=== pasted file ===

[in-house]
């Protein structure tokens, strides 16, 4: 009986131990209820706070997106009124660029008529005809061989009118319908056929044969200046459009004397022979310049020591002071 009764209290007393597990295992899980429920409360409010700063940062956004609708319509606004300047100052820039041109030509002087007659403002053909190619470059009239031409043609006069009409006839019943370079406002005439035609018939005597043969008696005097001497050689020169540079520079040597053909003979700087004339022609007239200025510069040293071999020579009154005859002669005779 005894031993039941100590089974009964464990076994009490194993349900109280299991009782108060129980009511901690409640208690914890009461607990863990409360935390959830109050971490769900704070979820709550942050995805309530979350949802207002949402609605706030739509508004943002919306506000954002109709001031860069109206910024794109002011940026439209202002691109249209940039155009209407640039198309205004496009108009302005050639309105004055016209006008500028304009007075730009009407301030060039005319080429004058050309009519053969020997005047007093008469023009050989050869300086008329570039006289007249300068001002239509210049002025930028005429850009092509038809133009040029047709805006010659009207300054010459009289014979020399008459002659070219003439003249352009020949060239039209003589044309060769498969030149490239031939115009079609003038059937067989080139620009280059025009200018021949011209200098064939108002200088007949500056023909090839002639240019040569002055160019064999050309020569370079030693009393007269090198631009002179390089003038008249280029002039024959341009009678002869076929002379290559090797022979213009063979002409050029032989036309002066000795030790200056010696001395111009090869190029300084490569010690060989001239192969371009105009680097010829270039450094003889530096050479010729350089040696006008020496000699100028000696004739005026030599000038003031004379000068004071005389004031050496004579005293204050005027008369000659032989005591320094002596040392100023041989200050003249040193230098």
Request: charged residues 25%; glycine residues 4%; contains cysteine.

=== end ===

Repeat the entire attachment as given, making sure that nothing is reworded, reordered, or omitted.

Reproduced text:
[in-house]
């Protein structure tokens, strides 16, 4: 009986131990209820706070997106009124660029008529005809061989009118319908056929044969200046459009004397022979310049020591002071 009764209290007393597990295992899980429920409360409010700063940062956004609708319509606004300047100052820039041109030509002087007659403002053909190619470059009239031409043609006069009409006839019943370079406002005439035609018939005597043969008696005097001497050689020169540079520079040597053909003979700087004339022609007239200025510069040293071999020579009154005859002669005779 005894031993039941100590089974009964464990076994009490194993349900109280299991009782108060129980009511901690409640208690914890009461607990863990409360935390959830109050971490769900704070979820709550942050995805309530979350949802207002949402609605706030739509508004943002919306506000954002109709001031860069109206910024794109002011940026439209202002691109249209940039155009209407640039198309205004496009108009302005050639309105004055016209006008500028304009007075730009009407301030060039005319080429004058050309009519053969020997005047007093008469023009050989050869300086008329570039006289007249300068001002239509210049002025930028005429850009092509038809133009040029047709805006010659009207300054010459009289014979020399008459002659070219003439003249352009020949060239039209003589044309060769498969030149490239031939115009079609003038059937067989080139620009280059025009200018021949011209200098064939108002200088007949500056023909090839002639240019040569002055160019064999050309020569370079030693009393007269090198631009002179390089003038008249280029002039024959341009009678002869076929002379290559090797022979213009063979002409050029032989036309002066000795030790200056010696001395111009090869190029300084490569010690060989001239192969371009105009680097010829270039450094003889530096050479010729350089040696006008020496000699100028000696004739005026030599000038003031004379000068004071005389004031050496004579005293204050005027008369000659032989005591320094002596040392100023041989200050003249040193230098």
Request: charged residues 25%; glycine residues 4%; contains cysteine.